Deep nerve stimulation consistently reduces blood pressure
A University of Houston biomedical engineer is expanding the study of wireless electrodes to treat hypertension and is reporting that blood pressure and renal sympathetic nerve activity (RSNA) is controlled by bioelectronic treatment. RSNA is often increased in hypertension and renal disease. Researchers integrated a sub-millimeter nerve stimulation circuit with a novel nerve attachment microchannel electrode that facilitates implantation into small nerves and allows external power and DPNS modulation control.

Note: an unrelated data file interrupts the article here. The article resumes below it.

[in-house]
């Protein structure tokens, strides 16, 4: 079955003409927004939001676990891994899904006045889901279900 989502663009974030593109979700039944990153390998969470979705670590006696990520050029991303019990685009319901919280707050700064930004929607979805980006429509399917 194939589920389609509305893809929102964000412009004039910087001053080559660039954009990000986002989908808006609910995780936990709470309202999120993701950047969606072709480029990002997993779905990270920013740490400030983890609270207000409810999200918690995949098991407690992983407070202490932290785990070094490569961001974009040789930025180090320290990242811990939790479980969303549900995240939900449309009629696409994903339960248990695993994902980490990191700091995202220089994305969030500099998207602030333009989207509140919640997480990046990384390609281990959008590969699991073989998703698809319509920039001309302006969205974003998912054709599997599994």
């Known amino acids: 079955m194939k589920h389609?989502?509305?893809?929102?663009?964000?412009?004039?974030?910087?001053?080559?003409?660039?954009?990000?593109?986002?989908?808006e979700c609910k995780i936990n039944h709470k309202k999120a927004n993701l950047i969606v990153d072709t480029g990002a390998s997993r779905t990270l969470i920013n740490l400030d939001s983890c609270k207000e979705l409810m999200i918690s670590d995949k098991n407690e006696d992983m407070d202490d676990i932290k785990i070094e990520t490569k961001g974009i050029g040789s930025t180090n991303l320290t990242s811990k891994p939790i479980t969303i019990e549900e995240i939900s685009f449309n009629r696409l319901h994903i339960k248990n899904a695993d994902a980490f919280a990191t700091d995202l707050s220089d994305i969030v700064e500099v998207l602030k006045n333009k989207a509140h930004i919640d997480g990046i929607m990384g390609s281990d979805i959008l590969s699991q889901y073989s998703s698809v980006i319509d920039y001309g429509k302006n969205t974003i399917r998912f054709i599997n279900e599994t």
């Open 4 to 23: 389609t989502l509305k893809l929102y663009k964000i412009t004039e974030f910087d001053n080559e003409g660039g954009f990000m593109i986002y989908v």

Using this implantable device, his team demonstrated that systolic blood pressure can be lowered 10% in one hour and 16% two hours after nerve stimulation. DPNS induced an initial increase in RSNA during the first 2-3 seconds, followed by a reduction in renal activity and mean arterial pressure, despite the increase in heart rate.